The modern apothecary specialises in preparing high quality professional grade supplements, produced with only the best quality ingredients, and tested for potency and purity. From the above it is clear that the Pharmacist who prepares, sells and dispenses drugs within the purview of law in Nigeria is the modern day Apothecary.
An Apothecary is the identification of an establishment or individual who dispenses medical materials. This way, an apothecary is the old form of a pharmacy. The Apothecaries exist as predecessor to a modern day pharmacy like CVS, Walgreen and Walmart.
An Apothecary serves to dispense and formulate medications which is identical to a large extent with a pharmacy.
Part V Miscellaneous
Section 45(3)(d) Only a Registered Pharmacist shall dispense medicines prescribed by a Registered Medical Practitioner or Dental Surgeon.
Section 45(3)(e) Nothing in the foregoing shall preclude a Registered Medical Practitioner or Dental Surgeon or a Registered Nurse under the supervision of a Doctor or Dentist from providing medicines in the absence of a Registered Pharmacist.
Expunge Section 45(3)(e) completely.
1. The spirit of the relevant Pharmacy Acts vis the Poison & Pharmacy Act in Part III Sections 7 & 8 and the PCN Act CAP P.17 LFN 2004 in Section 1(1)(d) which gives the PCN a specific approbation in law to regulate and control Pharmacy practice in all its aspects and ramifications in Nigeria.
The Federal High Court, Lagos in a landmark ruling in October, 2007 affirmed the powers of the PCN as the ONLY body that can regulate Pharmacy Practice at both the private and public sector levels in Nigeria. The MDCN logically cannot therefore exercise the powers of the PCN to regulate Pharmacy practice through the back door.
The fall –out of this suit is also pending at the Court of Appeal.
2. Healthcare remains a global and internationally driven practice. One of the golden rules and norms in the prescribing and dispensing of drugs is that both the prescriber and the dispenser of medicines are forbidden to have pecuniary interest or gain so that the patient enjoys the best clinical decision that must be made by the prescriber.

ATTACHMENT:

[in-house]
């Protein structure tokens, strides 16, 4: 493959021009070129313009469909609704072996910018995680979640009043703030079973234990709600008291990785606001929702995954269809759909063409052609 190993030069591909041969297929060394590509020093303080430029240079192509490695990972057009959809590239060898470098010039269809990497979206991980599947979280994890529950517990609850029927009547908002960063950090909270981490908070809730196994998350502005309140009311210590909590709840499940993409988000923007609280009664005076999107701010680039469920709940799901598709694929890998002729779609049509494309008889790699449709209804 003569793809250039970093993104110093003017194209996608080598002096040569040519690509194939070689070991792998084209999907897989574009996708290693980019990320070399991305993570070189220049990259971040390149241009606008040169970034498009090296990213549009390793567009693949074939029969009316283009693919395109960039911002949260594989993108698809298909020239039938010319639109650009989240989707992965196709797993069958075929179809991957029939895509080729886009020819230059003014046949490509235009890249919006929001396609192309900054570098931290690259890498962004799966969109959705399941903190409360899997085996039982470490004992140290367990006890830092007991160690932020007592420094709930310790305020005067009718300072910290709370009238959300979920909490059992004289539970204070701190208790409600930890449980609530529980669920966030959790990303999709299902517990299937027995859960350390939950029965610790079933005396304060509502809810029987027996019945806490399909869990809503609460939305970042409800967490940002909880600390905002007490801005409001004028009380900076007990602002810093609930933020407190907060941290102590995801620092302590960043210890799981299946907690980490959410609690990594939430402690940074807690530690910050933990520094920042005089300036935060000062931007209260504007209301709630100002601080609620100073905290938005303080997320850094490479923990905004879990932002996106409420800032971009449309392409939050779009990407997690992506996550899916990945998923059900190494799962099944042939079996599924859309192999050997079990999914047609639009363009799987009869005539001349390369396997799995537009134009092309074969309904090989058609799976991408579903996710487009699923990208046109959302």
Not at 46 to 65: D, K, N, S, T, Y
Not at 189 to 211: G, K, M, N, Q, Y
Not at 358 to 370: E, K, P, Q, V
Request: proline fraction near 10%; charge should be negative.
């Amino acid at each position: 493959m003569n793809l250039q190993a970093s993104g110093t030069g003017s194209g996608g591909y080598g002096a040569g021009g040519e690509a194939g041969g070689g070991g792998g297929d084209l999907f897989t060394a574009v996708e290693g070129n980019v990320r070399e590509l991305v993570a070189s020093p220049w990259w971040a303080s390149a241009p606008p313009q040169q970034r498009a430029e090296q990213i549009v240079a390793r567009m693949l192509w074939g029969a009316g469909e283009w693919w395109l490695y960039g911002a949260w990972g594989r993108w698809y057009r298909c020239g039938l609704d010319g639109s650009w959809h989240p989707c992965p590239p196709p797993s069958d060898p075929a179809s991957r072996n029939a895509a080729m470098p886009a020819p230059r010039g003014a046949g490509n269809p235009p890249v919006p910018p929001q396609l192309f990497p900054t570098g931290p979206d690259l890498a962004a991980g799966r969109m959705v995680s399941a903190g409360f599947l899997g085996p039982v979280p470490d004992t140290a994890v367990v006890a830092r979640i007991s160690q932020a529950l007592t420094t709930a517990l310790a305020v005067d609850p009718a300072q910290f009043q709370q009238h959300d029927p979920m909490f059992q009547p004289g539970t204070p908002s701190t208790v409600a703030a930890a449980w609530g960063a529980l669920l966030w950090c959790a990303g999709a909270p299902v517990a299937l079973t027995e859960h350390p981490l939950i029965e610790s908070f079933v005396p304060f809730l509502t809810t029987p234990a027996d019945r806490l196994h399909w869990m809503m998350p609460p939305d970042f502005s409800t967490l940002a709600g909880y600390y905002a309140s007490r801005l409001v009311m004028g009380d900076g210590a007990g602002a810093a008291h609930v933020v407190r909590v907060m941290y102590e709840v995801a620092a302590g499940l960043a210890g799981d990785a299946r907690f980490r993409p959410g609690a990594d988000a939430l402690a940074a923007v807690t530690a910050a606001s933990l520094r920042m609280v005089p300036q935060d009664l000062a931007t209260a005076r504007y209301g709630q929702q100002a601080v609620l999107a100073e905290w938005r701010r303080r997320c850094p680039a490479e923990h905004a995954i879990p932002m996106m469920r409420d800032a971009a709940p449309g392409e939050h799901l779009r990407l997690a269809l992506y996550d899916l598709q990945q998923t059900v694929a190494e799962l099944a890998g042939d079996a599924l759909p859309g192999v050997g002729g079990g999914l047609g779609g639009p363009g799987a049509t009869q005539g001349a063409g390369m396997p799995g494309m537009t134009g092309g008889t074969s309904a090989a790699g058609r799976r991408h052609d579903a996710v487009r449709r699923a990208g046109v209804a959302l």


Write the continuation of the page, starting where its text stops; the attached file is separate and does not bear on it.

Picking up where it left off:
It is interesting that in the MDCN draft bill, no consideration or thought was put in print for a next line of action in the absence of the Medical Doctor or Dentist.
Specifically, there was no clause to allow Nurses or any other practitioner to step in the shoes of the Doctor/Dentist which would have been within the jurisdiction of the MDCN. Rather strangely, the MDCN bill seeks to give Doctors/Dentists a loophole in the private sector especially to continue the many years of reckless use of drugs through untrained hands.
This draft cannot legitimize the unlawful act of sales and dispensing of drugs by Doctors under whatever guise.
3. The scenario in (2) above is what has entrenched and formalized quackery in the Health system in Nigeria because private hospitals promote quackery through a periodic discharge of untrained elements. Such undesirable characters evolve as Auxiliary Nurses, Dispensing Assistants/Clerk etc.
4. Section 45(3)(e) in its totality will encourage the continued exploitation of the Nigerian people because WHO studies confirm pecuniary indulgences of private hospital facilities in the sales and dispensing of drugs. The study declares that prices of drugs in private hospitals is 184% above baseline prices in public hospital pharmacy and 192% above what is obtainable in private pharmacies. It is this huge profit that has always incentivized private hospital facilities to unlawfully stock drugs when they also fail to engage Pharmacists.
Moving forward, the way out remains that Doctors and private hospitals that cannot afford to engage Pharmacists should send their prescriptions to Community Pharmacies that are registered by PCN.
Section 45(9): No person shall hold the post of Medical Officer of Health (MOH) unless the person is registered as a Medical Practitioner as the case may be.
Any Health Professional can be designated as Medical Health Officer (MOH) especially in the rural areas where a dearth of Doctors remains a reality.
Section 47: Under Interpretation Clause
Delete/Expunge the definition of:
a. Clinical or Medical Laboratory
It is inconsistent with the definition in an existing Act of Parliament. Section 29 of MLSCN Act S.25 LFN 2004.
b. “Medically qualified” means a person registered fully as a Medical Practitioner or Dental Surgeon by the Council.
There is a pending court case on who is a “Medically Qualified” personnel in Nigeria. A notable case is at the Court of Appeal Ibadan in Appeal No. CA/IB/M.92/18 flowing from Suit No. NICN/05/03/2014.